Mumbai: A working group appointed by the Reserve Bank of India (RBI) has suggested that the limit on foreign institutional investment (FII) in government securities should be increased once a year.
It also suggested ways to make the market for government bonds more liquid.
“The increase in the investment limit can be reviewed on a yearly basis keeping in view the country’s overall external debt position, current account deficit, size of GoI (government of India) borrowing programme, etc.,” the panel headed by RBI executive director R. Gandhi said.
Currently, foreign institutional investors (FIIs) can invest up to $15 billion (around Rs 84,600 crore) in government securities, a figure that has been gradually raised as India eases restrictions on investment in local debt as part of a wider attempt to pull more capital into the country.
In an article published in The Indian Express newspaper on Thursday, J.P. Morgan Chase and Co. India chief economist Jahangir Aziz suggested that India should raise the FII limit on government securities to $50 billion, “with no strings attached”.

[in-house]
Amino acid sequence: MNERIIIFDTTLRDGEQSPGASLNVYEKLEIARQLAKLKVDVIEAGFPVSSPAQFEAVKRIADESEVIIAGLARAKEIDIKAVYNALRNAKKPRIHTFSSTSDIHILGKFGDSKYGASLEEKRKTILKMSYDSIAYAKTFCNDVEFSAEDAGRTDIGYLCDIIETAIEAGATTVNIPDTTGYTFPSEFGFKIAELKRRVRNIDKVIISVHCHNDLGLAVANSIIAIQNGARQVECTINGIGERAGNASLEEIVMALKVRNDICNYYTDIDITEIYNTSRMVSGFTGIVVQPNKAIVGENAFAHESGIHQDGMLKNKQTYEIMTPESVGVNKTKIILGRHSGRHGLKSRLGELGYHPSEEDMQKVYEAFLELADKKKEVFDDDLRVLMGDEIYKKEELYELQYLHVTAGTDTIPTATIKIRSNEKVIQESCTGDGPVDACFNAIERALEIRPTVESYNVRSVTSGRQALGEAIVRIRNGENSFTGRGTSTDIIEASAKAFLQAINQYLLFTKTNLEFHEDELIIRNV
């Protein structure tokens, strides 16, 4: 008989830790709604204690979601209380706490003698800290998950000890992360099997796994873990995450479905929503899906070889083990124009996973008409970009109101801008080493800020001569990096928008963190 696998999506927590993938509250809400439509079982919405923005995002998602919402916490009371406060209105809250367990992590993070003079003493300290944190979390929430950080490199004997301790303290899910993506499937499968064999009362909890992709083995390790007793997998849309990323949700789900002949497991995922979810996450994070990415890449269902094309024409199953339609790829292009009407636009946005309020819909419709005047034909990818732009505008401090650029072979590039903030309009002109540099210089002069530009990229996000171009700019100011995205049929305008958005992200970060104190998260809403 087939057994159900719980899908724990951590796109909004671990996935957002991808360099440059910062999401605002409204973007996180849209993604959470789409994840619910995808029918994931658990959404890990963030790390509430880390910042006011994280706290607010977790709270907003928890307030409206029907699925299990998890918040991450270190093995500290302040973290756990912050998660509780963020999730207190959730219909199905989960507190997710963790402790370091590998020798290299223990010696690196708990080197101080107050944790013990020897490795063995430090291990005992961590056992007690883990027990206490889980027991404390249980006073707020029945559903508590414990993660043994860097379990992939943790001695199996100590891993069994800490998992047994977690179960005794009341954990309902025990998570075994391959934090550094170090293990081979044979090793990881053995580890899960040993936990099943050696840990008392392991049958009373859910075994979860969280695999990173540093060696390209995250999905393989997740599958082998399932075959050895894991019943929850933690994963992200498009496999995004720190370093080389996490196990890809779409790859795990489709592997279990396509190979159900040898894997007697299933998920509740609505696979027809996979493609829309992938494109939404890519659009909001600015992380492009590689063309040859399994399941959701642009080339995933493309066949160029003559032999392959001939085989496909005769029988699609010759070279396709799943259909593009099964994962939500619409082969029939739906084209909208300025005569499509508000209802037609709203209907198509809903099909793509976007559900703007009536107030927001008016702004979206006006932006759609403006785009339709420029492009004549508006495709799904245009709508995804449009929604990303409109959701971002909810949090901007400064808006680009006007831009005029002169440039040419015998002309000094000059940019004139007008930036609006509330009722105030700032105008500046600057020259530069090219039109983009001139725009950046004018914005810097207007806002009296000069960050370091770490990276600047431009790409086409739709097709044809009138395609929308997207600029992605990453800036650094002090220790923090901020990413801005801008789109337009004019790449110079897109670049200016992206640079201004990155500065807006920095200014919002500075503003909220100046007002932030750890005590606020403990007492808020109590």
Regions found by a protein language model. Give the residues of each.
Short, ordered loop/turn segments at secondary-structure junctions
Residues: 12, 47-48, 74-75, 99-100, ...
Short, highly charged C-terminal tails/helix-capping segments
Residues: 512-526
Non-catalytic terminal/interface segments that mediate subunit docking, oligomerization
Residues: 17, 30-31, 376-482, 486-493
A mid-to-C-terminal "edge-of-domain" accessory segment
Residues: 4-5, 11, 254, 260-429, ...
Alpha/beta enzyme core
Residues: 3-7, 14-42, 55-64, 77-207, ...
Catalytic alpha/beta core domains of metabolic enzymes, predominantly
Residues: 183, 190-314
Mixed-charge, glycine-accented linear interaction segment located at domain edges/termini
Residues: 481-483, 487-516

The report also called for a “comprehensive review” of the withholding tax, a sore point for foreign bondholders. A withholding tax of 20% is paid by the investor at the time of receiving the annual coupon payment on the bond. FIIs have argued that post-tax returns shrivel after paying for hedging cost of their money.
Among its other recommendations, the panel has also suggested a review of the current cumbersome bidding process that FIIs have to go through when they buy local bonds.
The panel is also of the view that banks should be given the leeway to review their so-called held-to-maturity (HTM) portfolio once in a quarter against the present practice of reviewing it once a year. Once a bond is put into HTM, the bond cannot be traded in the market.
The Indian central bank should come up with a road map to gradually bring down the upper limit on the HTM portfolio, it said. To encourage more retail buying of government bonds, the panel has recommended that bank branches and, at a later stage, post offices be used as a distribution channel.
“FIIs are hesitant in utilizing their limits in bonds maturing in more than five years because they get forward cover (in foreign exchange) of only one year and then they have to roll it over. They prefer to participate in shorter maturity paper and their limits for bond over five years typically remain underutilized. So to increase their participation, government may have to tweak the norms so that they can invest in any securities with flexible lock-in period,” said Prasanna Patankar, senior dealer at STCI Primary Dealer Ltd.
Comments on the draft report could be given to RBI by 22 June.